Wayner's book is very good indeed. It's partly a history of
the free software movement, but its main focus is an analysis of
why Linux took off and its probable future roadmap. It's much
better both in scope and argument than some previous efforts
covering a similar area such as Under The Hood.
Wayner's idea is beautifully simple: he links developments in
code to a wider context. He argues that the way to understand the
early success of open source code and to assess its possible
futures is to trace the way in which society, the economy and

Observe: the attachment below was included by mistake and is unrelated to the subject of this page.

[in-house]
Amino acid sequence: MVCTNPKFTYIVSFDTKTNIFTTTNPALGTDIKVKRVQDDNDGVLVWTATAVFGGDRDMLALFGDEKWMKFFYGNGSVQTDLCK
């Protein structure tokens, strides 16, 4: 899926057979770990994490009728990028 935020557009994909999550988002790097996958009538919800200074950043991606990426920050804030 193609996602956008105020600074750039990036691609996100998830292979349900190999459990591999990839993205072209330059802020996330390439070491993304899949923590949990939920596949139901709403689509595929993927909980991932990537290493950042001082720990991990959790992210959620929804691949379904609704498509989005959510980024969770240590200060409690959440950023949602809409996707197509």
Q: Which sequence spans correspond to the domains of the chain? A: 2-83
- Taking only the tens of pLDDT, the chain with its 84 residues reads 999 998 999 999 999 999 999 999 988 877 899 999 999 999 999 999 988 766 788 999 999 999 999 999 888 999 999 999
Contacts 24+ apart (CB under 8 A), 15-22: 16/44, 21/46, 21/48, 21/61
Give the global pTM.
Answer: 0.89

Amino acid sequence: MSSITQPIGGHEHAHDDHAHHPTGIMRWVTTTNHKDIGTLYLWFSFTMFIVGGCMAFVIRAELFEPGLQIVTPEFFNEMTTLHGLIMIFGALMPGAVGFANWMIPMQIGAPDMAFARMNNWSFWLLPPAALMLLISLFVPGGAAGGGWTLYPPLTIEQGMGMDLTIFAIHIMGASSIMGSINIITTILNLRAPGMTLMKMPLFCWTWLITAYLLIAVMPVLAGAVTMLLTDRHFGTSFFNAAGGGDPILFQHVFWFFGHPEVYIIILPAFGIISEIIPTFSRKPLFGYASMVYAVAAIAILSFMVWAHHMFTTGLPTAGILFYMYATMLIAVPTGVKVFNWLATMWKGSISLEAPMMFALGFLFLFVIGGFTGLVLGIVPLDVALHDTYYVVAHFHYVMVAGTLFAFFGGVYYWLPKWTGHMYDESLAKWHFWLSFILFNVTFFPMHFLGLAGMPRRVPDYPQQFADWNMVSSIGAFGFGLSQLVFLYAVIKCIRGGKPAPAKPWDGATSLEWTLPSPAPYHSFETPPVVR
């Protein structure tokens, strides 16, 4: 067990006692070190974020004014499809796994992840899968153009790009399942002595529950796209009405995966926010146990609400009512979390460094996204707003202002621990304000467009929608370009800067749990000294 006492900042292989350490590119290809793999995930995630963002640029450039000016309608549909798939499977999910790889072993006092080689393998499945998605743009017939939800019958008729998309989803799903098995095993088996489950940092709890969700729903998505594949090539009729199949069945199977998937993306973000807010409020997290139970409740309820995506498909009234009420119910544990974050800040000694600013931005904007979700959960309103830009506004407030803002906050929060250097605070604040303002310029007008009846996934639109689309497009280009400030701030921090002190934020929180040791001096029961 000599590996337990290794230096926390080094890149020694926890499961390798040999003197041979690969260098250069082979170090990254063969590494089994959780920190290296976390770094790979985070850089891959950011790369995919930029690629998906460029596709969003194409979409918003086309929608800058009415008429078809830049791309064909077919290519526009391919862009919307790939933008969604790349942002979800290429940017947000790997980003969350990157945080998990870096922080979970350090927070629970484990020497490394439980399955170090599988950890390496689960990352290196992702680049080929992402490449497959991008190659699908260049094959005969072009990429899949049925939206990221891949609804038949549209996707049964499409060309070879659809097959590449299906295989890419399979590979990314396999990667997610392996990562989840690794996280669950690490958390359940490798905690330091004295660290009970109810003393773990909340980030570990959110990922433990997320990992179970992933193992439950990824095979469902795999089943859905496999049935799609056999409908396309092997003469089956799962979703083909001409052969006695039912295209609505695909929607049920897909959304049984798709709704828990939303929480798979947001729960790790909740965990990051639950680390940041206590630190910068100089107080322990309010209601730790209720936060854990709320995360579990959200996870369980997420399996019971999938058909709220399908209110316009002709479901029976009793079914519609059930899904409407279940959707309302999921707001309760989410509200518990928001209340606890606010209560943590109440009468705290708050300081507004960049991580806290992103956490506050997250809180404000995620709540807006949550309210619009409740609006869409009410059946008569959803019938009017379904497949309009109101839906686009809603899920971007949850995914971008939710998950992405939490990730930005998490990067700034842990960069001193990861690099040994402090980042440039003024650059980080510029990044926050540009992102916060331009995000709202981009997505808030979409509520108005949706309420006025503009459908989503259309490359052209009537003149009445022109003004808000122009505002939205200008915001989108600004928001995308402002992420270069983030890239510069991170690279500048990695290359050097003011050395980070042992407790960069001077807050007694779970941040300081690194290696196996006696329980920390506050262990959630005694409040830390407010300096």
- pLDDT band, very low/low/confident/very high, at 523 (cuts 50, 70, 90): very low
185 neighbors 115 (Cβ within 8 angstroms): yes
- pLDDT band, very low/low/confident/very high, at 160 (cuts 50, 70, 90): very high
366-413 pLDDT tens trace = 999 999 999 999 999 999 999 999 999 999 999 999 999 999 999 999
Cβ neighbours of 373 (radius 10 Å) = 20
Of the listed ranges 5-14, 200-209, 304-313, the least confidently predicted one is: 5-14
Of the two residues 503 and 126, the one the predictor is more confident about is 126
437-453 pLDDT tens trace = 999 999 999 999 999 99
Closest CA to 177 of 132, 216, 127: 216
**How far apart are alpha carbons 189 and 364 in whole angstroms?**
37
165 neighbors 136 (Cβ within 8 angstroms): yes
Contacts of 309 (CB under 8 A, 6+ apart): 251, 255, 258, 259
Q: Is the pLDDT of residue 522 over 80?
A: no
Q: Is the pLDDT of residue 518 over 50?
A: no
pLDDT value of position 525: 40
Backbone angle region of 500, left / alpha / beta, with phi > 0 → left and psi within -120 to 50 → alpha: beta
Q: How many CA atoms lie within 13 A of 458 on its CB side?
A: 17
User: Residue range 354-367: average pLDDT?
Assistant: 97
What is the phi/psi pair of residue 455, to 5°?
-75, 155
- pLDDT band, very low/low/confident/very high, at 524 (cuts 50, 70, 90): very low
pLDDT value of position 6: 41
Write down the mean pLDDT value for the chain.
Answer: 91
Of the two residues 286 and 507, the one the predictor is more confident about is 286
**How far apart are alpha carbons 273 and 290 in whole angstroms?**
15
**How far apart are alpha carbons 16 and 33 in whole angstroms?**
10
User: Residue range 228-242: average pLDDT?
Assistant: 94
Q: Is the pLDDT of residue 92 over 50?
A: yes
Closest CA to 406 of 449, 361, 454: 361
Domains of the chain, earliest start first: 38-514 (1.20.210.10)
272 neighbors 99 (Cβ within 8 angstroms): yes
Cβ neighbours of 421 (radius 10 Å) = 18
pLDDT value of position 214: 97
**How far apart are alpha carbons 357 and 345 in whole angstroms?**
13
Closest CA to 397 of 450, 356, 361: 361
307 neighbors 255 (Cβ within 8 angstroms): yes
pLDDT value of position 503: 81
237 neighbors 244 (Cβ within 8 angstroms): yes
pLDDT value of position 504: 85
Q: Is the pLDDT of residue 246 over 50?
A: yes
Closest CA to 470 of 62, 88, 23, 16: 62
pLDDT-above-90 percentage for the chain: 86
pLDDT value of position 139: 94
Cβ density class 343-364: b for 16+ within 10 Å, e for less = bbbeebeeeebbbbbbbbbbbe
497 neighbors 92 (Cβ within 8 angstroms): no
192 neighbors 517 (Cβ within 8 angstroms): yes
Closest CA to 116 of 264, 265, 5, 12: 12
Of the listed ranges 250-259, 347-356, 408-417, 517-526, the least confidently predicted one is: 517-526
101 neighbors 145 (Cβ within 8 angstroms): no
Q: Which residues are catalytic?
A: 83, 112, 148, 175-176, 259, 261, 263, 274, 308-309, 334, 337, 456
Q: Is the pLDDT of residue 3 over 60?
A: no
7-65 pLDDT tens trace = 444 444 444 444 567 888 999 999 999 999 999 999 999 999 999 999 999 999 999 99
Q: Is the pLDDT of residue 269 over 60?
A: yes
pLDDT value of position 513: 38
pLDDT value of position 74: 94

individuals are shifting and changing. With an understanding of
these relationships we can then look at how they influence the
evolution of the software industry.
Wayner paints a very complex picture. It's much richer and more
far-reaching than the simplistic views of the economist Richard
McKenzie, whose forthcoming book on the recent Microsoft trial is
undermined by the author's lack of specialist knowledge. Wayner's
informed analysis by comparison is far more compelling. Free
For All is an excellent book on the why of Linux rather than the
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